ELIGIBILITY OF LEGISLATOR FOR COUNTY OFFICE WHEN EMOLUMENTS HAVE BEEN INCREASED
A member of the 1949 legislature is not eligible to be a candidate for prosecuting attorney in a first class county in the election of November, 1950, since the emoluments to that office have been increased by the 1949 legislature.
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May 11, 1950
Representative A. L. Rasmussen
622 South 35th Street
Tacoma, Washington Cite as: AGO 49-51 No. 273
Receipt is acknowledged of your letter of May 1, 1950, inquiring whether a member of the House of Representatives elected to serve in the 31st session of the legislature would be eligible to run for the office of prosecuting attorney in Pierce County in the election to be held in the fall of 1950 for the term of office commencing in January, 1951.
Our conclusion is that a member of the 1949 legislature would not be eligible to be a candidate for prosecuting attorney in the November, 1950 election.
The 31st legislature passed chapter 200, Laws of 1949, which increased the emoluments of prosecuting attorneys of first class counties from $4800 to $6600. Section 13, Article II of the State Constitution, provides:
"No member of the legislature during the term for which he is elected shall be appointed or elected to any civil office in the state which shall have been created, or the emoluments of which shall have been increased, during the term for which he was elected."
[[Orig. Op. Page 2]]
The term of a member who served in the House of Representatives in the 31st legislature would expire in January, 1951. In order for him to be elected prosecuting attorney for the term commencing in January, 1951, it would be necessary for him to run and be elected in the fall of 1950. The Supreme Court of Washington in the case ofState ex rel. Reynolds v. Howell, 70 Wash. 467, 126 Pac. 954, decided a precisely similar question. In that case one who had been elected judge sought to run for governor at an election to be held in November preceding the expiration of his judicial term the following January. The term of the office which he sought would not begin until after the expiration of his judicial term. Article IV, section 15, of the State Constitution provides:
"The judges of the supreme court and the judges of the superior court shall be ineligible to any other office or public employment than a judicial office or employment during the term for which they shall have been elected"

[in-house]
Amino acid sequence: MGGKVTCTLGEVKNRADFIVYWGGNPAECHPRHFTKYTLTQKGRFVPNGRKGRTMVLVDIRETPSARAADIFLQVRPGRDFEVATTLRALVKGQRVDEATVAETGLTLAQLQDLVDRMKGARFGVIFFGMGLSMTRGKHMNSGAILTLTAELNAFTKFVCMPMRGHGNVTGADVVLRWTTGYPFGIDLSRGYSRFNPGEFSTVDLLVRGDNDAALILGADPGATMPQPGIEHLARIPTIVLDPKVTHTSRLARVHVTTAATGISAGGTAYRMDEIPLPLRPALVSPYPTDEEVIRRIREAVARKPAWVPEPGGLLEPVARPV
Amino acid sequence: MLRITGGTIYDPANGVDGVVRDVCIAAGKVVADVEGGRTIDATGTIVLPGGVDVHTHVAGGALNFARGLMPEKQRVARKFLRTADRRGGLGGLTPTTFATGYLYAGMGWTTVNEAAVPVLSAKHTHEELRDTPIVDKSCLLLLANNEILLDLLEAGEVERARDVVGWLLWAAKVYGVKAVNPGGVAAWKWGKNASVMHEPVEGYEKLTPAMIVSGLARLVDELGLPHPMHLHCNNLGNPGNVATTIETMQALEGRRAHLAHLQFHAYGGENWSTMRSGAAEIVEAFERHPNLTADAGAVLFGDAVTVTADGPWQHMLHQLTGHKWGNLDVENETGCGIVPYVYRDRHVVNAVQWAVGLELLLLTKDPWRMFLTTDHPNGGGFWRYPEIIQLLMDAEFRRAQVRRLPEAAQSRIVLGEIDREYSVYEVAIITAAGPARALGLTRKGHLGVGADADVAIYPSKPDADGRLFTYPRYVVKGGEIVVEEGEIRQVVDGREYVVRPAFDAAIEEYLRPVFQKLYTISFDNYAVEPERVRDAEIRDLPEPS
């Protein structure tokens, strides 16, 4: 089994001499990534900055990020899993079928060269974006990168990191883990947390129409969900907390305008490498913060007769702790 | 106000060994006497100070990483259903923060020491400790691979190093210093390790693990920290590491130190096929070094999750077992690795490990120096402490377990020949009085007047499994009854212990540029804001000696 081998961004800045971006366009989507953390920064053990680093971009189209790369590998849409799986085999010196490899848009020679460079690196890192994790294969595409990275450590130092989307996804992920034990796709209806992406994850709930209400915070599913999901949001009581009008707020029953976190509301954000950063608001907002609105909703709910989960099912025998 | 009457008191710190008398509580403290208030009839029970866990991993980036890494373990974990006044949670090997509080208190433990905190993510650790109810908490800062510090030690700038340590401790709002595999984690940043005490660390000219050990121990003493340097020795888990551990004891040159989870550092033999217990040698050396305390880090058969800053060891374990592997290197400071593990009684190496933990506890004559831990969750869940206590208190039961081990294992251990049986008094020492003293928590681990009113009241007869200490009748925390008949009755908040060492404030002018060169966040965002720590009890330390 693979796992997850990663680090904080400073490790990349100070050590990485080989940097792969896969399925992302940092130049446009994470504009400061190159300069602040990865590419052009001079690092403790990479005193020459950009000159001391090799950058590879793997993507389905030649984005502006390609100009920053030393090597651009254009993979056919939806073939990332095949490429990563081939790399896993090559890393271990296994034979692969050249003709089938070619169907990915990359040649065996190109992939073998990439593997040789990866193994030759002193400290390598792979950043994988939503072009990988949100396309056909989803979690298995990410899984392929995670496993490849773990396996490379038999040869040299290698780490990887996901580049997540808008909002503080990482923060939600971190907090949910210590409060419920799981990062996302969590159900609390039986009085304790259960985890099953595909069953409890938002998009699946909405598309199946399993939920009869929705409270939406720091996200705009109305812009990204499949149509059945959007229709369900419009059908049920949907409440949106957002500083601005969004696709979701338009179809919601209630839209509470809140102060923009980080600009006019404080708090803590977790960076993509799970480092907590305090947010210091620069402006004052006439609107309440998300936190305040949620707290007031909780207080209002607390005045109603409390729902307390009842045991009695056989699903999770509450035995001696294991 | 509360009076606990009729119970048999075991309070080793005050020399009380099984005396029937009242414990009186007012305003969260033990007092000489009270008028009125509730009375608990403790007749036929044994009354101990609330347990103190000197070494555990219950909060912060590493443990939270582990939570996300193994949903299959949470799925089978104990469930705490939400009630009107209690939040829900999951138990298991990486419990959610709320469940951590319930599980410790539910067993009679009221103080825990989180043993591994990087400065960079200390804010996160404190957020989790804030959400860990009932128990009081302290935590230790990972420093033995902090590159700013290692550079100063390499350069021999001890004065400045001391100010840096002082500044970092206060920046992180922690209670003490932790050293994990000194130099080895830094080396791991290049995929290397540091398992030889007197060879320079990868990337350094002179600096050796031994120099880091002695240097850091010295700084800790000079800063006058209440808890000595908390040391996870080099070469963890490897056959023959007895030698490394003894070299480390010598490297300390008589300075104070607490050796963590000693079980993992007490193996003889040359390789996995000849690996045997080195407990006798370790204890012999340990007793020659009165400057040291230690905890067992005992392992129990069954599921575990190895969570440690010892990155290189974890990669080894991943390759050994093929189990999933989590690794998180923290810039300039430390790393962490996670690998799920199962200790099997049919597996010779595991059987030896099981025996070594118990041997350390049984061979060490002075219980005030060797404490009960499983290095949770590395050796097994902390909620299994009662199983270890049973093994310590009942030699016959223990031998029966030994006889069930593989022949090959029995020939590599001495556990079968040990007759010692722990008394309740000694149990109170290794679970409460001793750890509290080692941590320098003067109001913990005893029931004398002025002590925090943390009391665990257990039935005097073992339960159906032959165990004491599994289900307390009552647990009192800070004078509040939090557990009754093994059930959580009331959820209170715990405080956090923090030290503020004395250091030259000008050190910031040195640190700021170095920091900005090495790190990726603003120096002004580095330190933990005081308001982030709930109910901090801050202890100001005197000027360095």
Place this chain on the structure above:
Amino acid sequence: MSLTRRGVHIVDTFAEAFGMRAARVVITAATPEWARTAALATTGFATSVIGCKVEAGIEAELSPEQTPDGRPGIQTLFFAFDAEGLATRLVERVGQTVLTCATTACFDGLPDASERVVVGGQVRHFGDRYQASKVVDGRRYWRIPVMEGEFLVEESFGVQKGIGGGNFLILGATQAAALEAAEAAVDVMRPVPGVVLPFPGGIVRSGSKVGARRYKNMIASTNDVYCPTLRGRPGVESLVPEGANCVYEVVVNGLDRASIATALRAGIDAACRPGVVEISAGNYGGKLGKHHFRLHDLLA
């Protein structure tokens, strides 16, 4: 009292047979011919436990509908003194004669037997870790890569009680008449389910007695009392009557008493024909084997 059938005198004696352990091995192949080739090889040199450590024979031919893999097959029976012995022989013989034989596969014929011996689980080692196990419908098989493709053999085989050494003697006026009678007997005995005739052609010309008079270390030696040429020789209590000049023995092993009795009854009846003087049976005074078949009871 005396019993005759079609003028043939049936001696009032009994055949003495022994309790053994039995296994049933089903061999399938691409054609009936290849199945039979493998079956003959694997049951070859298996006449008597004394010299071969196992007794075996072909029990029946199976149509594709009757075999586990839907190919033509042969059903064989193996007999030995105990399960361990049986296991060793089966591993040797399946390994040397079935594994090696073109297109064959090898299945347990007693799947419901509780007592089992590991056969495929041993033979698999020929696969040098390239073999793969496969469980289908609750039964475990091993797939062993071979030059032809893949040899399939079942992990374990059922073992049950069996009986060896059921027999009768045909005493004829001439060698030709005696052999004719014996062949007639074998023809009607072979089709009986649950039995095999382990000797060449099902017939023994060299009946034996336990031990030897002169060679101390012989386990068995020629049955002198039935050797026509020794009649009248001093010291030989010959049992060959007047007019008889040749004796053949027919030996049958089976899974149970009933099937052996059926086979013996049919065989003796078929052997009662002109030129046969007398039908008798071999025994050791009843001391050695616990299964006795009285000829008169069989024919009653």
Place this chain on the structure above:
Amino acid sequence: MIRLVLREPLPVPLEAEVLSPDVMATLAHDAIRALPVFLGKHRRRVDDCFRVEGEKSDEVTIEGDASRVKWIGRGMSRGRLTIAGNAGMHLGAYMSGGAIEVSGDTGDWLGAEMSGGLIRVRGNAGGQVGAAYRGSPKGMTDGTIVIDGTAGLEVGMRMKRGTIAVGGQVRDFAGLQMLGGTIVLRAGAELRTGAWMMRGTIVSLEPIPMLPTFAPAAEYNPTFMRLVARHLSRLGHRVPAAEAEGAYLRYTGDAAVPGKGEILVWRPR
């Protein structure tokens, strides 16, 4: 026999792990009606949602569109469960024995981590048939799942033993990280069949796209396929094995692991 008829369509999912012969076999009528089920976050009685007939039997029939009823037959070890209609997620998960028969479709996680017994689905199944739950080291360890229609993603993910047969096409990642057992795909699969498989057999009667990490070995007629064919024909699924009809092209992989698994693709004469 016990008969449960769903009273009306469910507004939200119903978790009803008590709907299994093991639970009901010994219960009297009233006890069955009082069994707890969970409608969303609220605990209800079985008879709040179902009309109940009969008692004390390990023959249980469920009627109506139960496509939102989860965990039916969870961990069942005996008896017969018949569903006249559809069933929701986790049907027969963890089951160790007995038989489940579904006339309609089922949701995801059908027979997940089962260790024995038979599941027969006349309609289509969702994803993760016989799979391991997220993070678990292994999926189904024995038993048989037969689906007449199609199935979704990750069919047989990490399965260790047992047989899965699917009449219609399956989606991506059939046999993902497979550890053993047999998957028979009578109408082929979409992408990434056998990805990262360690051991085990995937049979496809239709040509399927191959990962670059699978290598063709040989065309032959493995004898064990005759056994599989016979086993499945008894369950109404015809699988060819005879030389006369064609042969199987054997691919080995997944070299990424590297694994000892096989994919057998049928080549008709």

It will be noted that the language is very similar to that relating to the eligibility of legislators for positions whose emoluments have been increased during their term. The court held that the candidate was not eligible for election during his judicial term notwithstanding that his term as governor might not commence until after his judicial term had expired. In the case ofState ex rel. Pennick v. Hall, 26 Wn. (2d) 172, 173 P. (2d) 153, our Supreme Court specifically held that a member of the legislature was not eligible to be elected to a county office, the compensation for which had been increased at the session and the term of which would commence simultaneously with the expiration of her term as legislator. The court said:
"* * * It is prerequisite to eligibility for election in the sense of becoming a candidate and participating in the election process that a candidate be, at that time, eligible to hold the office."
Thus, it will be seen that our Supreme Court has held that one who is ineligible for the office at the time of election may not be a candidate even though his disqualification would expire before the commencement of the term of office for which he might seek to run.
[[Orig. Op. Page 3]]
In view of these holdings of our Supreme Court it is our opinion that a member of the 31st legislature may not run for prosecuting attorney in Pierce County in the November election of 1950.
Very truly yours,
LYLE L. IVERSEN
Assistant Attorney General